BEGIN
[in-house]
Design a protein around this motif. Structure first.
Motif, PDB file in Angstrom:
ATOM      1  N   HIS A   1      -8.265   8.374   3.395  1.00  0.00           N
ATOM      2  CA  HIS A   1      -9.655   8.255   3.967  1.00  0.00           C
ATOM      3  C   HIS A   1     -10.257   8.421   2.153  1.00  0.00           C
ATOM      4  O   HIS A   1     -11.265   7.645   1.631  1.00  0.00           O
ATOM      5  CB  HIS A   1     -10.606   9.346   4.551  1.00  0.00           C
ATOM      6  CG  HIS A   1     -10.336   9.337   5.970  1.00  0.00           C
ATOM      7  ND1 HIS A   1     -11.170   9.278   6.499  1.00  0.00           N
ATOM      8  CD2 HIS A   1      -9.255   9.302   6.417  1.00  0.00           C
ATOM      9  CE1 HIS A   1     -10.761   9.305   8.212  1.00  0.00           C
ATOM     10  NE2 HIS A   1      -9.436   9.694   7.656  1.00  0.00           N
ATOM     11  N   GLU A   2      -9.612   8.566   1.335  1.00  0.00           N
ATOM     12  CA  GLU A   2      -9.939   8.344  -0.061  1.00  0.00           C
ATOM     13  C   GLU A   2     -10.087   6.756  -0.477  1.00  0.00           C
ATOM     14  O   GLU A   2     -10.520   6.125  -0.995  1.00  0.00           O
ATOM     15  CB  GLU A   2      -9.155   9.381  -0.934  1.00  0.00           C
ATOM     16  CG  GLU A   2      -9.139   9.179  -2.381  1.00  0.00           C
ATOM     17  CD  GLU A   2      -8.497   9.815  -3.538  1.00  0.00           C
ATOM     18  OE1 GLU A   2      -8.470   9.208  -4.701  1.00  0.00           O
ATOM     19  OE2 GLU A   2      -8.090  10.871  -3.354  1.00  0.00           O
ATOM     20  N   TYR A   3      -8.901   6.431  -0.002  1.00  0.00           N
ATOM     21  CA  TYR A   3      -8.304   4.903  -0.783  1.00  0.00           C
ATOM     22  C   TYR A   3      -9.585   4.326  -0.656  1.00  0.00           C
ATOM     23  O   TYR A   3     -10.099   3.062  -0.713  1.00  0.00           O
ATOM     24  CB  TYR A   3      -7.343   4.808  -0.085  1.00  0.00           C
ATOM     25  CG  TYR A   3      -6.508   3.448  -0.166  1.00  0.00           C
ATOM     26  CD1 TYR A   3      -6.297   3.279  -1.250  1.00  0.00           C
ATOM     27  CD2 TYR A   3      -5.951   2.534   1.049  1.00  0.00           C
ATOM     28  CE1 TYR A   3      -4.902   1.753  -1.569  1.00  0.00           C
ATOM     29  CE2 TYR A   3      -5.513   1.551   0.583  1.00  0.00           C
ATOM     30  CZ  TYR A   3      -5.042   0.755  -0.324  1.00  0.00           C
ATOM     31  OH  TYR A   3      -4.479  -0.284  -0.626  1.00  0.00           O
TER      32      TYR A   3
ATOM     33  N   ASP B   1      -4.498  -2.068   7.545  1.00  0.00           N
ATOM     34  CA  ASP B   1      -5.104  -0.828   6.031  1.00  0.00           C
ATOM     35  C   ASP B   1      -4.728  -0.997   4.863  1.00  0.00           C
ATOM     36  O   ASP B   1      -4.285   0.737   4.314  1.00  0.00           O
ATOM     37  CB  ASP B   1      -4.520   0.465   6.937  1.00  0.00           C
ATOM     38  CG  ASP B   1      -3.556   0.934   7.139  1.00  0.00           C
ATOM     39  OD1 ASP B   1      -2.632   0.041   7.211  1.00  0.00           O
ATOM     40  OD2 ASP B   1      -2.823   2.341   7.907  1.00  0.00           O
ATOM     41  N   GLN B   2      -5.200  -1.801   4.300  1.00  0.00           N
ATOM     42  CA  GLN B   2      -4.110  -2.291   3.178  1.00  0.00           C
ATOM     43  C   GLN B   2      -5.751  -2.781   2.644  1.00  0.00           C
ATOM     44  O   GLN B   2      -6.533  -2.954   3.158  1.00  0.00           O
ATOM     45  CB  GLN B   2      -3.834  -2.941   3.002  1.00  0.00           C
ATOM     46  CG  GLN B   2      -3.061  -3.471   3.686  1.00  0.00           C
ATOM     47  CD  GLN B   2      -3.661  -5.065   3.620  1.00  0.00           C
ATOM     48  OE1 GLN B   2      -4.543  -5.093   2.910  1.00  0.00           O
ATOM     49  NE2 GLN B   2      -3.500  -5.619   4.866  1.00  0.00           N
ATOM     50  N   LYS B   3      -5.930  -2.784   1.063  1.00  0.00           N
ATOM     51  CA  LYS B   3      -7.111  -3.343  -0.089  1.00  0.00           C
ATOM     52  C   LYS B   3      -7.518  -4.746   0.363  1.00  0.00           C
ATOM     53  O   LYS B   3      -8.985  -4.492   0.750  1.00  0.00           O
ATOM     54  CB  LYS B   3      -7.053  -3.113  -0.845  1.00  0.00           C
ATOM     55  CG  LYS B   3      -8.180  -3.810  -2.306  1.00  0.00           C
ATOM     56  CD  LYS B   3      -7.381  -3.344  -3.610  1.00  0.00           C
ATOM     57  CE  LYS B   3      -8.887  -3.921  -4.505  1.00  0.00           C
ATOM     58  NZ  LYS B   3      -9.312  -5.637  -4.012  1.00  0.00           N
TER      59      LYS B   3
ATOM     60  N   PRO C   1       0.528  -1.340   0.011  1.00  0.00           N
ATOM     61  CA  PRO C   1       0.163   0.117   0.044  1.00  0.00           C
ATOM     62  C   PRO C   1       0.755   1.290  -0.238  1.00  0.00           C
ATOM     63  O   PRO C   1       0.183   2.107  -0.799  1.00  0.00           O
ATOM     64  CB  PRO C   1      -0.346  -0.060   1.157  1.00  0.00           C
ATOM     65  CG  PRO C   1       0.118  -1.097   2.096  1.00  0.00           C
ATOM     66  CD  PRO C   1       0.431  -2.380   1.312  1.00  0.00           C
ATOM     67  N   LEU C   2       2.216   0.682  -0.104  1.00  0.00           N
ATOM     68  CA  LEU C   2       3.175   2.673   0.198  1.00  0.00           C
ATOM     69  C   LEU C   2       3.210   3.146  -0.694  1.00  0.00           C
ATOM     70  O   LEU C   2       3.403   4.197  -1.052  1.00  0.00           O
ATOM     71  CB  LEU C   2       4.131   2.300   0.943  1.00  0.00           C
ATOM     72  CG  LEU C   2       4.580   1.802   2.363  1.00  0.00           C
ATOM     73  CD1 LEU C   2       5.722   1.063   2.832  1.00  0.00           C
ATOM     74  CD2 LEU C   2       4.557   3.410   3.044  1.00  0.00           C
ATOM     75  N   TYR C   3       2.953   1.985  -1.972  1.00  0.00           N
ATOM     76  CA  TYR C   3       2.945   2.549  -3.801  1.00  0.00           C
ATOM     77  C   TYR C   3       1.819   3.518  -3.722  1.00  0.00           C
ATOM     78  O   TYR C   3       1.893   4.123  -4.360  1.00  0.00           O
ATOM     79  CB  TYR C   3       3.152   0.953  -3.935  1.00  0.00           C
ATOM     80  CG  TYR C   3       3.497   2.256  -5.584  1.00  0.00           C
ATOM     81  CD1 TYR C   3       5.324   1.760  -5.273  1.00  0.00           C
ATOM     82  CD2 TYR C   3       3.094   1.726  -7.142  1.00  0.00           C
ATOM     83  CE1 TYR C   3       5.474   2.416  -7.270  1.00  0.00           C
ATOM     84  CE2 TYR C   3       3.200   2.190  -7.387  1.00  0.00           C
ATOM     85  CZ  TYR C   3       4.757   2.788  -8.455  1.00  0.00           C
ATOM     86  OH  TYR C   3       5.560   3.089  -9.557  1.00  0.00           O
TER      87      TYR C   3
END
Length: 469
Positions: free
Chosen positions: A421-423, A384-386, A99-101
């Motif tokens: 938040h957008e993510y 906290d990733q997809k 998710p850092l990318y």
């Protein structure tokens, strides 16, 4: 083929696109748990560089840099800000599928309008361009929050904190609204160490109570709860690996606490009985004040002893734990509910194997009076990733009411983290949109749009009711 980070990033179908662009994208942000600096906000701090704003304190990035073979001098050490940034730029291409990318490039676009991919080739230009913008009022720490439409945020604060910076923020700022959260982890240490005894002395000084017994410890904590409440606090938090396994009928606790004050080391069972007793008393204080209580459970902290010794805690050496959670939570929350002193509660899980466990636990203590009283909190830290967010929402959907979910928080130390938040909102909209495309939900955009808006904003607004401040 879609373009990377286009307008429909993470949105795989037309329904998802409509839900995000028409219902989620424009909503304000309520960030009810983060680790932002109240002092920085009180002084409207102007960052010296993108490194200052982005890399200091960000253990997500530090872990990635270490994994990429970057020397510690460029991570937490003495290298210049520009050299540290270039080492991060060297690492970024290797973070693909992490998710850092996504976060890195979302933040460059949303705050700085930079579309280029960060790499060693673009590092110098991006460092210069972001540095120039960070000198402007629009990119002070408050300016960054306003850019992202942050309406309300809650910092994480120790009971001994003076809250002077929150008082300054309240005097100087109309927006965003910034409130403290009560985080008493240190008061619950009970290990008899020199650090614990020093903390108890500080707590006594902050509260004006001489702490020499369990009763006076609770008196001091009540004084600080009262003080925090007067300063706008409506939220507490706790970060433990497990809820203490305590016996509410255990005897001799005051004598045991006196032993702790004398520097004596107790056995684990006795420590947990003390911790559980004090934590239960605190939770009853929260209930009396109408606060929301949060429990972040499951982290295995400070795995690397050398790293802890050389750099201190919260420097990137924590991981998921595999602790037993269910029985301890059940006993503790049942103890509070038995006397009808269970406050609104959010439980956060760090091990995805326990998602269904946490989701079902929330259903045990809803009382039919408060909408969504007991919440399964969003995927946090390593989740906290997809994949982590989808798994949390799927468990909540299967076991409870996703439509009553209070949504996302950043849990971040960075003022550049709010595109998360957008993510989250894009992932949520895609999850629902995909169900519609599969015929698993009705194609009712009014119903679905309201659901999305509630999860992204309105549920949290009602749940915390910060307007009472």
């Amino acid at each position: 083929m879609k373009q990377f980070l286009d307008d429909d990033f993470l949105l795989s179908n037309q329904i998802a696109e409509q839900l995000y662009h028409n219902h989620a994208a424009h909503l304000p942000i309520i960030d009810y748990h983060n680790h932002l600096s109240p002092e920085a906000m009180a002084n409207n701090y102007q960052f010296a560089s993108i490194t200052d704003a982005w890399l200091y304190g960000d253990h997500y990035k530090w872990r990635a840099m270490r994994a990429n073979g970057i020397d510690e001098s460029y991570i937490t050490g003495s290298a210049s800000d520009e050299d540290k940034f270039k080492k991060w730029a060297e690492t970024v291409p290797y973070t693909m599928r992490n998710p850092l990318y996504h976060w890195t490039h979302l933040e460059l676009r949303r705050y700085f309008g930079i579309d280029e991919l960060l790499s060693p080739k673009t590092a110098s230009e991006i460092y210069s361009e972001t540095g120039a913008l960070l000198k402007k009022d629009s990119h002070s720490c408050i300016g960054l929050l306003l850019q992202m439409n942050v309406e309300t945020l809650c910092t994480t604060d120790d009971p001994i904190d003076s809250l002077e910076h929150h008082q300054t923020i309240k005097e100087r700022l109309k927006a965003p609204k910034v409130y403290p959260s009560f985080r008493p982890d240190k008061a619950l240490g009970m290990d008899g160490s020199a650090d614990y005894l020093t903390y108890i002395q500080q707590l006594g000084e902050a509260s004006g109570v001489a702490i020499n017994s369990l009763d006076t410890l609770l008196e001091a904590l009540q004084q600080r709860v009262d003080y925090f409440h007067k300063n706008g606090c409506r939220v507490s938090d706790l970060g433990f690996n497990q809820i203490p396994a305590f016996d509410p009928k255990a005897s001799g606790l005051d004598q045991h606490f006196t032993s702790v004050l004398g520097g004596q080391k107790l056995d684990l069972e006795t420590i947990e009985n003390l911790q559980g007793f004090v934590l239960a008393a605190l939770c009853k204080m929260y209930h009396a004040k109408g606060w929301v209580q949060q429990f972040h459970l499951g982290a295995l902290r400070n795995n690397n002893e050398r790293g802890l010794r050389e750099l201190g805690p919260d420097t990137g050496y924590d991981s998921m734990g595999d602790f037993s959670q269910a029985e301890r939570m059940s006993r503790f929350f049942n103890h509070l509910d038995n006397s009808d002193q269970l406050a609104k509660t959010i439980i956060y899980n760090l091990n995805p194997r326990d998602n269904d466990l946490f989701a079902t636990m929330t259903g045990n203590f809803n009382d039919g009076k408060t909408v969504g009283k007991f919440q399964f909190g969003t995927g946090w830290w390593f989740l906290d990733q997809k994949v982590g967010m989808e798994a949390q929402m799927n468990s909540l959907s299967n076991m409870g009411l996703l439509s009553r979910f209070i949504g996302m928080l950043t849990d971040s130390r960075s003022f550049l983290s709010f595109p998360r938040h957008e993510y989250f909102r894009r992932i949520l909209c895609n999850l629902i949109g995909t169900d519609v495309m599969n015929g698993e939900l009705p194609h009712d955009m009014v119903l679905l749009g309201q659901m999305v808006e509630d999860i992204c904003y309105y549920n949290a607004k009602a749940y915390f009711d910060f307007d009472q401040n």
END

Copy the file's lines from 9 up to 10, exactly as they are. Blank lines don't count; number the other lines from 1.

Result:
ATOM      6  CG  HIS A   1     -10.336   9.337   5.970  1.00  0.00           C
ATOM      7  ND1 HIS A   1     -11.170   9.278   6.499  1.00  0.00           N